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Yu Man Hon incident

Regarding the Yu Man Hon incident, the morale of officers must not be an excuse for their wrongdoings.

I would like to respond to the speech by Mr. Chiu See Wai, the chairman of the Immigration Service Officers?Association. It was reported in the South China Morning Post on 22 September 2000, in an article titled “Unions Urge Fair Hearing?

Mr. Chiu commented on the internal investigation of Yu Man Hon incident. He was worried that the morale of officers might drop if the department seeks scapegoats to relieve public pressure.

Moreover, he warned that there should be a balance between staff errors and the lack of manpower. I can hardly agree with what Mr. Chiu said. According to him, the shortage of manpower has exerted great pressure on frontline officers. Hence, the incident is excusable.

The incident is the result of reckless decisions made by the officers. These officers lack sensitivity and competency when dealing with a mentally impaired subject. The shortage of manpower is not the main cause.

First, the officers failed to identify Yu Man Hon’s autism. During the custody, the boy lost his temper and urinated in the interview room.

The Shenzhen officers reminded the SAR officers that Yu Man Hon might have a mental problem, but the immigration officers ignored it.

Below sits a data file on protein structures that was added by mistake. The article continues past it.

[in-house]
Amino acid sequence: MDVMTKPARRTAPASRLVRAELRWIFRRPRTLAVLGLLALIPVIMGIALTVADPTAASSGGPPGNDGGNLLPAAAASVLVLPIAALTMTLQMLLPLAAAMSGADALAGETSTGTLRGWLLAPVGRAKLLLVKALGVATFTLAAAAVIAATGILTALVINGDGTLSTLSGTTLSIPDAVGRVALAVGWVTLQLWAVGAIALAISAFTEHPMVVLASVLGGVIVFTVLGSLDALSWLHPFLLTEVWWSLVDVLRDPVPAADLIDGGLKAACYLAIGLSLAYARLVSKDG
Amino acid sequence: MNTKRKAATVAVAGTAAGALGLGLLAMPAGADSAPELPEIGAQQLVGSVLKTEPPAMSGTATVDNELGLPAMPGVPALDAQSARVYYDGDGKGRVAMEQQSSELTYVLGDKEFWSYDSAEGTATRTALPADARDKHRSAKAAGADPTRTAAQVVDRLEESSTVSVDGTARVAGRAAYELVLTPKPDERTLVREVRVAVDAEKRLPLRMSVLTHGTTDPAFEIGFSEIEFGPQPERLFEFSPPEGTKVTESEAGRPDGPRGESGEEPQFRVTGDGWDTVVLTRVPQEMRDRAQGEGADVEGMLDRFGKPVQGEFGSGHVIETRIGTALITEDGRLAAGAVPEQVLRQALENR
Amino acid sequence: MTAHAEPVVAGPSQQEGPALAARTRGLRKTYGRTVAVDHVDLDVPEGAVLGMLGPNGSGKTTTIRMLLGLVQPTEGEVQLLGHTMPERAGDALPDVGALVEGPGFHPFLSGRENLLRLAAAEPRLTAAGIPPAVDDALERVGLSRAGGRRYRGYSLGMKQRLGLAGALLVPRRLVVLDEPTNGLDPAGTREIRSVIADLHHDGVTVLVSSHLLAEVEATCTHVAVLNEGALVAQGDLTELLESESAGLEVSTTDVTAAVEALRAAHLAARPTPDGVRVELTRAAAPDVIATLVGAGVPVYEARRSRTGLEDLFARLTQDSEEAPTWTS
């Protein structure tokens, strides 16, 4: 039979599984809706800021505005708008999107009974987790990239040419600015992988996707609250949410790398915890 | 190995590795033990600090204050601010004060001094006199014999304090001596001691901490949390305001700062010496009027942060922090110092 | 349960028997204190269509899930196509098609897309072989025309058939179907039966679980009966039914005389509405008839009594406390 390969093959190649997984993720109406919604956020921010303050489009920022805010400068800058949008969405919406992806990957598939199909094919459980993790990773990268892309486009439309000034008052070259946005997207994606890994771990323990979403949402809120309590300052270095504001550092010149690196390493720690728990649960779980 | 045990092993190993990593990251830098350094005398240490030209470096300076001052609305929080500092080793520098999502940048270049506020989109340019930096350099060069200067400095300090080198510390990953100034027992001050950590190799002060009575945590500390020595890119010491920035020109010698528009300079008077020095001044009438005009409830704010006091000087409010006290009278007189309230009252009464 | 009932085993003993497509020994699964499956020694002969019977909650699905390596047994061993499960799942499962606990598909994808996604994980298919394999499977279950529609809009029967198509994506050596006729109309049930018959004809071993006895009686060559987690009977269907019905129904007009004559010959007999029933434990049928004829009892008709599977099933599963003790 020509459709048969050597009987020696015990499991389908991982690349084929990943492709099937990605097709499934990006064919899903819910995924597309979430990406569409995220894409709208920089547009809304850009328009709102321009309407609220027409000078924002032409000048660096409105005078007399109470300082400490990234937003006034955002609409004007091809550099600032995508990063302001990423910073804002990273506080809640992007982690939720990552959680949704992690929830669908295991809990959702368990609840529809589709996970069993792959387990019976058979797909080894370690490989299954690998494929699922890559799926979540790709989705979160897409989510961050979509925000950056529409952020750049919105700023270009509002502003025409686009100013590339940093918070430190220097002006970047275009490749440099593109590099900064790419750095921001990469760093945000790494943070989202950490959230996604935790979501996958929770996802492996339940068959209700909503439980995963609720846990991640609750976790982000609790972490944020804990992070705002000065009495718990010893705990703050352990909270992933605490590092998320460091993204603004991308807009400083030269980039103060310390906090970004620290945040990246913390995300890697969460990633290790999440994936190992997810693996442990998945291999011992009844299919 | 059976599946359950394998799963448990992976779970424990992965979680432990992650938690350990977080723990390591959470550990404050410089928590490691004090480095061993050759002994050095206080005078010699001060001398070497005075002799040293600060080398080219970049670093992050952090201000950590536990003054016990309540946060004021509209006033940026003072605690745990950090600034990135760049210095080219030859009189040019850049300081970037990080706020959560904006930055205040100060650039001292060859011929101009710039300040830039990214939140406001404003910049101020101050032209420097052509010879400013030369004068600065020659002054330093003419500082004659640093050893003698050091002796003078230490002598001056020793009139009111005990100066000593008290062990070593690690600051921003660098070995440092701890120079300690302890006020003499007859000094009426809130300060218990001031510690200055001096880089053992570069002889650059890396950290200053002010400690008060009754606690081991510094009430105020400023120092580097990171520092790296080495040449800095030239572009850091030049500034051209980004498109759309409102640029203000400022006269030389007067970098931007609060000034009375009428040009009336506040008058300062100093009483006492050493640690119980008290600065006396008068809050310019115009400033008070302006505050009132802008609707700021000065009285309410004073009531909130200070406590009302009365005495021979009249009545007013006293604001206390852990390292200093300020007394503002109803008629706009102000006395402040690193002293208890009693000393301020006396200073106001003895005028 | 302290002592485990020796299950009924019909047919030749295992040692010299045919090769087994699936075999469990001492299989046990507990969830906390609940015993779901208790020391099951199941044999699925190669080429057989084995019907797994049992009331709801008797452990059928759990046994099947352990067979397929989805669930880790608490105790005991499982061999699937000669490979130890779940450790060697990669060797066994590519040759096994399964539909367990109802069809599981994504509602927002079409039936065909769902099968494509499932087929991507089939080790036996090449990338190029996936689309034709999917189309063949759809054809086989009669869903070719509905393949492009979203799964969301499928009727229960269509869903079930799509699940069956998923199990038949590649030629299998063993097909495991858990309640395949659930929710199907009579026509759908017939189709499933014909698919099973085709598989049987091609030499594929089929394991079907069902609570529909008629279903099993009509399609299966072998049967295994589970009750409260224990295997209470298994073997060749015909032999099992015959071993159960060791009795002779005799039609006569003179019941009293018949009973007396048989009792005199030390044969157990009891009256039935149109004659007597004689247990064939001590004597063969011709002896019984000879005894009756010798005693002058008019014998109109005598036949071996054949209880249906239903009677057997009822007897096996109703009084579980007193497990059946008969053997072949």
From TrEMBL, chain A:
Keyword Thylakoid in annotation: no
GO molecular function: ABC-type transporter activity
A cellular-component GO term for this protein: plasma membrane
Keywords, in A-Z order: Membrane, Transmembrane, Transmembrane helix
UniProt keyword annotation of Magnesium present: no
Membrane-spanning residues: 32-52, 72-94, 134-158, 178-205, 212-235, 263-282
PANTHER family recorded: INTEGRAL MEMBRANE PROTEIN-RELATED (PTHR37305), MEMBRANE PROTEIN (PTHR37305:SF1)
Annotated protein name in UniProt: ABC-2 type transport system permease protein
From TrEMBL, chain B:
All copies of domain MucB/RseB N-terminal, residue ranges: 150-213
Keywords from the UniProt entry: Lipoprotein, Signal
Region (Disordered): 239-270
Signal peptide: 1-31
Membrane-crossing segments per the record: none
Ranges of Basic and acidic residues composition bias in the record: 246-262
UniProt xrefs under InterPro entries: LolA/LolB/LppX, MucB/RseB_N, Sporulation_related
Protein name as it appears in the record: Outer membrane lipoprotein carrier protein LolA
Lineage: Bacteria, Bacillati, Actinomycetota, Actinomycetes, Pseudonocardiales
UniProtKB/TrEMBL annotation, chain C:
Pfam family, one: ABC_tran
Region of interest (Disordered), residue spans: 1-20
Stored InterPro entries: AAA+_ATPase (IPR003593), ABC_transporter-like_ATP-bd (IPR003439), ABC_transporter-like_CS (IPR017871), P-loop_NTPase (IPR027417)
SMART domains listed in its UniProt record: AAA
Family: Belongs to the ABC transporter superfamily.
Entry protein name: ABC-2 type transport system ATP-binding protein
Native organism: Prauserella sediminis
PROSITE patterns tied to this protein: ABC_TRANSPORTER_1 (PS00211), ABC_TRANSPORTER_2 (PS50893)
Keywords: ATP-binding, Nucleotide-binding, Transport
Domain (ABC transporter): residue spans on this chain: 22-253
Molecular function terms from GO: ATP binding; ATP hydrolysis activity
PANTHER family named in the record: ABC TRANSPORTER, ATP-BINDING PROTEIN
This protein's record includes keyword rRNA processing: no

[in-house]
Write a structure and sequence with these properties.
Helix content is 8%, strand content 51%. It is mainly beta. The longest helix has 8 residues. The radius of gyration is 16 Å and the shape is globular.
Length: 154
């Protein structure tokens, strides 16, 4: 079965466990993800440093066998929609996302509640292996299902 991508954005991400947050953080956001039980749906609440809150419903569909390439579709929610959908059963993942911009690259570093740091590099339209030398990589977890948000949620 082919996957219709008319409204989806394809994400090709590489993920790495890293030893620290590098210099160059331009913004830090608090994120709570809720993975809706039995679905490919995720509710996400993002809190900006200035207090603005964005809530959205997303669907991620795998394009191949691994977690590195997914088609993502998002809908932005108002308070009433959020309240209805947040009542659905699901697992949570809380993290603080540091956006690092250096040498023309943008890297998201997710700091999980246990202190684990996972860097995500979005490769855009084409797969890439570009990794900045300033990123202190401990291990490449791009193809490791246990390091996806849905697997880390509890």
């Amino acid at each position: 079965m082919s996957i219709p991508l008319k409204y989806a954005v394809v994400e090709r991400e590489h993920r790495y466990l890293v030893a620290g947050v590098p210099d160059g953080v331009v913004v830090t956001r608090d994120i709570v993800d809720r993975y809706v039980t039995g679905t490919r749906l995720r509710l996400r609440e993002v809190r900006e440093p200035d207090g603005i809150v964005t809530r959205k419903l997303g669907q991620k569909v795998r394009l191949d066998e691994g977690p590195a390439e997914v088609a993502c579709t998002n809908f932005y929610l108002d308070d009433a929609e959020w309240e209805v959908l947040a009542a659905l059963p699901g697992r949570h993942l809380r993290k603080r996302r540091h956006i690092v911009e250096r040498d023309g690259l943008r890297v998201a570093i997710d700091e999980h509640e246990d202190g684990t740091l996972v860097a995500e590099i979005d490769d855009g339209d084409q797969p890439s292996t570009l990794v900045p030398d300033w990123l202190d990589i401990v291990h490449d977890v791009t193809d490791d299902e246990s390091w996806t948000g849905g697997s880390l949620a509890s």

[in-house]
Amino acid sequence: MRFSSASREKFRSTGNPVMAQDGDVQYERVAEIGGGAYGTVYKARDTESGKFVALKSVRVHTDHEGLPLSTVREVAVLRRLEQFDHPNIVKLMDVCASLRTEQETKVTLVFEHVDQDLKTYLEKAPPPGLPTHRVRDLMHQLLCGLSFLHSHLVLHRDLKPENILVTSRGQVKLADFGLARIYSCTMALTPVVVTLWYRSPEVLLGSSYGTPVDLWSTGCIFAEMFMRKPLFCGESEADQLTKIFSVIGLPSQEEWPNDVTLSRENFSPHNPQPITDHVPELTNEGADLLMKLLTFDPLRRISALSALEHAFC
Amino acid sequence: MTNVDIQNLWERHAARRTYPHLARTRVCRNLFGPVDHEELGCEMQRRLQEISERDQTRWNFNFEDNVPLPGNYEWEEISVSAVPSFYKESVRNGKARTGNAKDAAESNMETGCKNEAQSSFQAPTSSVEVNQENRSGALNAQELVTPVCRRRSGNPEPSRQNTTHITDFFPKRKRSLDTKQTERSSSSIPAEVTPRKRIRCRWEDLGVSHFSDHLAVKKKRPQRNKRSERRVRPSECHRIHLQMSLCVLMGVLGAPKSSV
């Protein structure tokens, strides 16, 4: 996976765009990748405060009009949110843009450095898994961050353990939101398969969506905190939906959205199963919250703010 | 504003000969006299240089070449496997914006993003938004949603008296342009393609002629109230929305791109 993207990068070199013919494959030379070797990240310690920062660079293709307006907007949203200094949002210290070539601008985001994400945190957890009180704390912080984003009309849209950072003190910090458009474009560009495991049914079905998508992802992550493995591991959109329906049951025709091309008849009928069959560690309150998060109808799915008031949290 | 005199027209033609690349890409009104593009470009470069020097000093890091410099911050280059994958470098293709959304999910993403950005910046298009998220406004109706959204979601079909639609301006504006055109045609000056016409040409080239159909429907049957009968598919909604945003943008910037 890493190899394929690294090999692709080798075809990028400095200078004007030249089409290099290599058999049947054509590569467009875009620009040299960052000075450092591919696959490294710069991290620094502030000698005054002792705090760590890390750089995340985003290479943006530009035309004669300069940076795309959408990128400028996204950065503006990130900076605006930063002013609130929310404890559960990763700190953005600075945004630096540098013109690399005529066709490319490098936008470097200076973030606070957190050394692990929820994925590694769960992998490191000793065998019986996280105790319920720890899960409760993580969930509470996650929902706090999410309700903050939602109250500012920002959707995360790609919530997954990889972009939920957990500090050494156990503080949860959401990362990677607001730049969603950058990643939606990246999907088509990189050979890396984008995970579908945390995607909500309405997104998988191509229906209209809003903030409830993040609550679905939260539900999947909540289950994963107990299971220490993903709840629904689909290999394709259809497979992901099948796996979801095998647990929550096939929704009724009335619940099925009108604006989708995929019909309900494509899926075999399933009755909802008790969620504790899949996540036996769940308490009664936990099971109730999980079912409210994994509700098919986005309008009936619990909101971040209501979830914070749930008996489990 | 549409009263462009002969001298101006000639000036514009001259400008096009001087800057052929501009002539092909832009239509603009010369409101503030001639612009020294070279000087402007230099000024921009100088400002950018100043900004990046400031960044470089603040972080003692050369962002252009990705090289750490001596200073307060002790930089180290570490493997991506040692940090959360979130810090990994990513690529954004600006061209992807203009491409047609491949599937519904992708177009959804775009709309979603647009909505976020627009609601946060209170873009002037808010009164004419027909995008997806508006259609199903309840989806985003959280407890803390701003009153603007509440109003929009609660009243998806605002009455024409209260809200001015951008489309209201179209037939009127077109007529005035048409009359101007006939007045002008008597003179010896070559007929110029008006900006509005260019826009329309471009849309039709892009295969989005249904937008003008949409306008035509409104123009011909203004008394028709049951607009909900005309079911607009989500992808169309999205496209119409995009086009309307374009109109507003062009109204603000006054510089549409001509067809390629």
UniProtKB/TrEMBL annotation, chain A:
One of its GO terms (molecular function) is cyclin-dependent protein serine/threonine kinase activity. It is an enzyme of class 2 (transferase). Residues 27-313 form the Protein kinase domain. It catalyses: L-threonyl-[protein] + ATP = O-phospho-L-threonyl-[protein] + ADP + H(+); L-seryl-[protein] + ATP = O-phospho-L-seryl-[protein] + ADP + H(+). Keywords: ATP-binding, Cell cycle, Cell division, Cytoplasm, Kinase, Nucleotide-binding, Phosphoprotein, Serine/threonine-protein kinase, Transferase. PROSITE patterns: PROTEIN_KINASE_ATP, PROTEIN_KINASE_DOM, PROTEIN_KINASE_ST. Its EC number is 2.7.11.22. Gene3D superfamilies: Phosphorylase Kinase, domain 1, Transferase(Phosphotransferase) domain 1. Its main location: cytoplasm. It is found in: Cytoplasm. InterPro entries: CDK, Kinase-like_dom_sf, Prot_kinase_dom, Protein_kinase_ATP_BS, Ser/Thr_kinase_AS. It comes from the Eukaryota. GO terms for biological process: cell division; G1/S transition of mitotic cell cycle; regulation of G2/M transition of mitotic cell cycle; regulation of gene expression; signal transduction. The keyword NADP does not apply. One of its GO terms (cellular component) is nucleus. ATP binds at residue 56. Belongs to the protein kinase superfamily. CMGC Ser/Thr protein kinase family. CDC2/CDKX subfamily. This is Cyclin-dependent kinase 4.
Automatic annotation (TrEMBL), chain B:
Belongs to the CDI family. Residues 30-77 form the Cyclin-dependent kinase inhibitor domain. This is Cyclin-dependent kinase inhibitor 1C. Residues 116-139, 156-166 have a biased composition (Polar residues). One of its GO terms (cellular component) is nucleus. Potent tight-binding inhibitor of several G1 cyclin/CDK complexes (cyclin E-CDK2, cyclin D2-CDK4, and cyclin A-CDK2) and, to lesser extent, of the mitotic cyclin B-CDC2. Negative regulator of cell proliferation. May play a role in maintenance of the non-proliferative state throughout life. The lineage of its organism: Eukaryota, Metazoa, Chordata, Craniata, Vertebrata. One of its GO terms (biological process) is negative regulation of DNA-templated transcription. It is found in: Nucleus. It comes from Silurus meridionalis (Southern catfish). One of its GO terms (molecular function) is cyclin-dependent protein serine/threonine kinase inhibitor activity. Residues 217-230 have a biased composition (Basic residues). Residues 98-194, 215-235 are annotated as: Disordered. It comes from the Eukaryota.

These facts have shown that it is unreasonable and insensible for the officers to disregard the boy’s mental disability.

Secondly, the officer misbelieved that the boy was an illegal immigrant merely based on surface evidence. Such evidence included the brand names on his clothes, his shoes, and his response to questions regarding popular local singers.

It is common for ordinary Hong Kong people to have a bias towards mainlanders. But it is surprising that the officers judged the case with bias and prejudice. No in-depth inquiries or reasonable decisions have been made.

If it is proved that the officers have performed their duties recklessly, they must be responsible for the misconduct and the association should provide no excuse either on the grounds of official morale or manpower shortage.

Chan Wing Yue

Don’t erase history

It is said that history will be eliminated from secondary school curricula. I have also heard rumours that it will be cancelled in university education.

I strongly urge education specialists or the Education Department to think twice before they “erase history?

History provides us with a basis for reflection. I believe that we can gain a lot from studying virtues or wrongdoings of the past.

Moreover, there are still students who have a great passion for history. And if it were not provided at the university level, who would teach history to the next generation?

Name withheld by request
Kowloon City





Letters to the Editor, with the writer’s name, address and daytime contact number should be sent to: The Chinese University of Hong Kong, Room 202, Humanities Building, New Asia College, or faxed to 2603-6610, or e-mailed to Letters may be edited for reasons of space, style and clarity.